BES: One Year in Second Life®

It’s common these days to see real life companies throwing a big party when they complete their anniversaries in the Second Life® virtual world. Banco Espírito Santo, one of the leading financial institutions in Second Life, is no exception. What might be, indeed, an exception is how they have managed their virtual presence in SL.

When we picture in our minds most of the corporate virtual presences in SL, we imagine shiny, modern buildings, full of logos and links to websites, with lots of corporate information but little relevance to the virtual world where we spend our leisure time. The reality is, of course, different: these “first generation” virtual presences, created only for media splash, were actually short-lived, and most are gone or utterly changed. Most corporate presences these days focus on completely different things: either they show some projects they’re actively sponsoring (like Grundfos‘ educational project on saving water and energy); or simulations they’re doing either for themselves or their clients (like Vodafone’s link between SL-based mobile phones and RL mobile phones); or, well, for internal training, for workshops, seminars, and similar venues.

Banco Espírito Santo (BES) is slightly different. Sure, like all others, they want brand awareness. However, in real life, they are sponsors of all sorts of activities: charities, cultural events, educational events (they’re currently sponsoring a big project to get kids to read more, through the Ministry of Education), restoring monuments, and several similar areas. So it’s not unsurprising that they do precisely the same in Second Life, too.

Instead of shiny buildings empty of people, what BES is doing is quite different. They sponsor a not-for-profit organisation, ARCI, to train people to use Second Life and to develop a community of residents (mostly Portuguese-speaking). And they wish to see cultural events to be promoted in SL as well — making just sure that their brand is properly shown. They support educational programmes for adults, who learn SL-related skills at ARCI’s own mini-continent. Why shouldn’t they? In real life, they sponsor all sort of artistic, educational, and technological activities, they’re not even “bank”-related, but cover all areas of human interest in their leisure, cultural, and educational areas.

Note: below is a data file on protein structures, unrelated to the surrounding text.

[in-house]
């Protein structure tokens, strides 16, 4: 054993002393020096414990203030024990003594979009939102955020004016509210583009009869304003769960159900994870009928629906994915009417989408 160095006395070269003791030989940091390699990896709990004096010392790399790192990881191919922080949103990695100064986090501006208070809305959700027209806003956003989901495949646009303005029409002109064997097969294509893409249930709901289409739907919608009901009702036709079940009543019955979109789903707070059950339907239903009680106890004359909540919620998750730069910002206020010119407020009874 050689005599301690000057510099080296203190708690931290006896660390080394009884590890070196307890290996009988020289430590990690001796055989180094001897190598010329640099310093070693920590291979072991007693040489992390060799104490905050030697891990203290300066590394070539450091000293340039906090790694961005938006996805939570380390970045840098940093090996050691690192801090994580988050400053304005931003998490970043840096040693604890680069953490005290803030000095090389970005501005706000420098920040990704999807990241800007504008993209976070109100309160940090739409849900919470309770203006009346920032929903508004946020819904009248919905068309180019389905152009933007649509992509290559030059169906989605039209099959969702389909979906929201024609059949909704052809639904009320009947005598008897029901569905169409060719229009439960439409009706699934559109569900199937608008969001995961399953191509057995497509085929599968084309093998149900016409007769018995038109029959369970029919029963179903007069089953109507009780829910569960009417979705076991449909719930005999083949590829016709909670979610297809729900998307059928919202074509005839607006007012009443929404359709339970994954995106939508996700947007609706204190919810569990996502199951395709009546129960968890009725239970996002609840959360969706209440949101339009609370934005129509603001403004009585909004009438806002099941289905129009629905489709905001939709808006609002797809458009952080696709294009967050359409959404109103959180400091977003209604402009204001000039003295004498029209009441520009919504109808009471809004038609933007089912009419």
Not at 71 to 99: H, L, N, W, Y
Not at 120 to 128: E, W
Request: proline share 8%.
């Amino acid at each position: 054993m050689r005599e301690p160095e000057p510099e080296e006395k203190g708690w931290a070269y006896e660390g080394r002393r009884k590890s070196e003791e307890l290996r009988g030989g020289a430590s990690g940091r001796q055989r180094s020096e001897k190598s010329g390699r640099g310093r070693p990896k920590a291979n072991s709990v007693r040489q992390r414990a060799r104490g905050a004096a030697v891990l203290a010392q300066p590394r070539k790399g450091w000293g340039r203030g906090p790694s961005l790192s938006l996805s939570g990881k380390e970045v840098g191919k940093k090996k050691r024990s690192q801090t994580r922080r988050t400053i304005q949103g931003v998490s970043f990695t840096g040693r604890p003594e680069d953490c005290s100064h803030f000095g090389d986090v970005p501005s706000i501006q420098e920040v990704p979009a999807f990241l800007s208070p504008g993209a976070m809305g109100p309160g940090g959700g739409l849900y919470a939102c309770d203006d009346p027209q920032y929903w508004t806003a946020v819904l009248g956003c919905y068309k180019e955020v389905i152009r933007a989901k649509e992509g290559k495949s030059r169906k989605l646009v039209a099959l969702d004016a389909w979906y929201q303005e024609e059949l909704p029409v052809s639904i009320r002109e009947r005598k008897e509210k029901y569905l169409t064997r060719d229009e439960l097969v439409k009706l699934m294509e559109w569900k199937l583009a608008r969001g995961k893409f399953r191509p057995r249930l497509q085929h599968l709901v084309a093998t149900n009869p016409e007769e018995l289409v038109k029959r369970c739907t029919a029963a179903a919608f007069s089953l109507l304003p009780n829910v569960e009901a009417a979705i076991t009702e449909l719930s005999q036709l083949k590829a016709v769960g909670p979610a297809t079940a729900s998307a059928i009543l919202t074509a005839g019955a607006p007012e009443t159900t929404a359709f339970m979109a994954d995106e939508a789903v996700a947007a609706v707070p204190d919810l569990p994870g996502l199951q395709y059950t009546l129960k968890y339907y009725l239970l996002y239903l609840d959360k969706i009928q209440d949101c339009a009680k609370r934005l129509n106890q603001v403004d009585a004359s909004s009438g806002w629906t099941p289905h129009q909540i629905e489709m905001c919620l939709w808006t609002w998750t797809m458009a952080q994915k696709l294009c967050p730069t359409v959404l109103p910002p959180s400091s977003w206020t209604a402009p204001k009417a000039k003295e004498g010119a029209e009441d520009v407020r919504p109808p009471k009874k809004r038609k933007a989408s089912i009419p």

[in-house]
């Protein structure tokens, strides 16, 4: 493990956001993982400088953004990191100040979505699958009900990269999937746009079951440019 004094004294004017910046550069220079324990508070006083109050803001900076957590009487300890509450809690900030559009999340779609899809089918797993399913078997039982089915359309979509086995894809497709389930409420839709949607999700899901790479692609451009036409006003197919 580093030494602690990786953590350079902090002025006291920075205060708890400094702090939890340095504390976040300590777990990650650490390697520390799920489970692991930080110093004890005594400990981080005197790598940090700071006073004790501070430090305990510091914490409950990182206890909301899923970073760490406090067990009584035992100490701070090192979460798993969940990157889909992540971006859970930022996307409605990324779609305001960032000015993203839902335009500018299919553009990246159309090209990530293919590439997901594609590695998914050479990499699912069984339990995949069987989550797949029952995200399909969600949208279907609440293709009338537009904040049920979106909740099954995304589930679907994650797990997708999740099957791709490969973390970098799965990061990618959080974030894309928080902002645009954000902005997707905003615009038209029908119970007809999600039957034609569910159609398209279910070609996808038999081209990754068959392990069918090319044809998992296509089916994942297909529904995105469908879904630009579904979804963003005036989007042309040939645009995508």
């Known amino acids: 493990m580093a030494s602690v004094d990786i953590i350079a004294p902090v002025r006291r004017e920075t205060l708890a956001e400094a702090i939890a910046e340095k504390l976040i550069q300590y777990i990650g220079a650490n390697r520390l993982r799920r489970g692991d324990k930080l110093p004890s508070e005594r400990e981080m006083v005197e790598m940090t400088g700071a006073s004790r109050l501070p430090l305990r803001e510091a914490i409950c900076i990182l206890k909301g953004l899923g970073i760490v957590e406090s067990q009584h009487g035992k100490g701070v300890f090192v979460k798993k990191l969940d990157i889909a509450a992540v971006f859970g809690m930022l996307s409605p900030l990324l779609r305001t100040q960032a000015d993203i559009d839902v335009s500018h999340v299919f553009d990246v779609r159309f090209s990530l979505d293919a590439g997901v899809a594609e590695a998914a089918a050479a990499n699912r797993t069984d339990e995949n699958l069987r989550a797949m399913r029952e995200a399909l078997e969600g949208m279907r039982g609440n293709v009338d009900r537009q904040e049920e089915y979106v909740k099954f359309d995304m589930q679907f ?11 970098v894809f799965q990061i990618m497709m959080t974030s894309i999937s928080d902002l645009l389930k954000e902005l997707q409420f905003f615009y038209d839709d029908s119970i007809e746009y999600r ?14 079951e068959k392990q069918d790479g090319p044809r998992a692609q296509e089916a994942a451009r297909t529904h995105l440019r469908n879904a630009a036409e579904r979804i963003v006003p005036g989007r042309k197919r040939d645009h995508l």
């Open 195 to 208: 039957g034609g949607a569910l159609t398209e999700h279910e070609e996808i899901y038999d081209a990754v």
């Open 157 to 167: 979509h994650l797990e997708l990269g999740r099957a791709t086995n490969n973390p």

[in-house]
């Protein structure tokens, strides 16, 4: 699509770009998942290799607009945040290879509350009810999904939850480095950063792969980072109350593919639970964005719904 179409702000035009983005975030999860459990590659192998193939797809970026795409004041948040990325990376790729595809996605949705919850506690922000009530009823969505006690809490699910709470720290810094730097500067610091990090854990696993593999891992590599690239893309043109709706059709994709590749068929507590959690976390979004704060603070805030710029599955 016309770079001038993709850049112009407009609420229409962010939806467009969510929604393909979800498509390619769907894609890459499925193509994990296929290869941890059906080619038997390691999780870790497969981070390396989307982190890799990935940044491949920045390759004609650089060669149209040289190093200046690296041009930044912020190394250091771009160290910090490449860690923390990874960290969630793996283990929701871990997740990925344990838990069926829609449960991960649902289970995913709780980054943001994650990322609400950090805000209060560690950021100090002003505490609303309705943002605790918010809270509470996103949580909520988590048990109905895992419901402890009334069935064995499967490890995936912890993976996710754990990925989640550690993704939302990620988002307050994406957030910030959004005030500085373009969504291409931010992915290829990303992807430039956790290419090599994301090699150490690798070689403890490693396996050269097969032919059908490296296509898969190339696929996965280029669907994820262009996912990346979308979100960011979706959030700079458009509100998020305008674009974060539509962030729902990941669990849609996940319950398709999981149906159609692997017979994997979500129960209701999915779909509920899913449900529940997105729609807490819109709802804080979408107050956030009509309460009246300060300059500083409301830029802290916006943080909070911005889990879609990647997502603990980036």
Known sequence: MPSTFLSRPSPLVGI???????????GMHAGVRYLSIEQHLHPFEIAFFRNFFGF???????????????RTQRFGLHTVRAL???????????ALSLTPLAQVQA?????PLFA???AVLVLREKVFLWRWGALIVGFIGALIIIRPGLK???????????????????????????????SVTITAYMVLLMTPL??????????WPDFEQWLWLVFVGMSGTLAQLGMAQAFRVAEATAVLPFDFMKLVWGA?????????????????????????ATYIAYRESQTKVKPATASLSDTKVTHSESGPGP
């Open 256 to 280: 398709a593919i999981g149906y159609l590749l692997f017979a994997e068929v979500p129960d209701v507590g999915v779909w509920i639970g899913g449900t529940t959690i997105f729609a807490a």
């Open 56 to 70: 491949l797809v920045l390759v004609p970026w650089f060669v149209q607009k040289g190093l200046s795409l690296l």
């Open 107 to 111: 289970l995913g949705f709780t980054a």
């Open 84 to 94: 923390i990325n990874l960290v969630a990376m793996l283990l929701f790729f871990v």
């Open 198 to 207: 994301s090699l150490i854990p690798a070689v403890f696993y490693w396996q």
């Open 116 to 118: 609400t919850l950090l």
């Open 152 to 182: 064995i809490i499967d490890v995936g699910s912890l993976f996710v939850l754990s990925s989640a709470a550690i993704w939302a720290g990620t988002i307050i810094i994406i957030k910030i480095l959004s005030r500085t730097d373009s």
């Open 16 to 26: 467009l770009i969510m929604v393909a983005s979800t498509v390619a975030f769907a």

I think that this way of looking at how to finance projects in Second Life is actually quite mature and very intelligent — and is completely integrated into the way large corporations actually fund projects outside their core business. These corporations are quite used to sponsor all sort of things — from art galleries to soccer teams — and it’s just for brand awareness. A soccer team that bears their logo on the shirts might not have all players as clients; nevertheless, from a financial point of view, they’re reducing their taxes; from a marketing point of view, they’re raising brand awareness; and from a community point of view, they’re showing that while they might be ruthless bankers, they’re also fond of soccer and willing to sponsor teams.

Well, extending that way of thought into the virtual world of Second Life is just natural and quite understandable. Don’t expect BES to fund shiny buildings empty of people — instead, look for events, newbie classes, dance clubs, parties, art galleries, reconstruction of Portuguese landmarks, charity events, helping people with disabilities to communicate, having senior citizens using their sponsored facilties, and, most important than that, vibrant communities that get close together to launch even more amazing projects. BES funds a community in SL that already has thousands of regular visitors.

They have learned the lesson well during this first year, and we’ll eagerly see what they’re doing the next year. In the mean time, if you’re up to it, join the anniversary party 🙂

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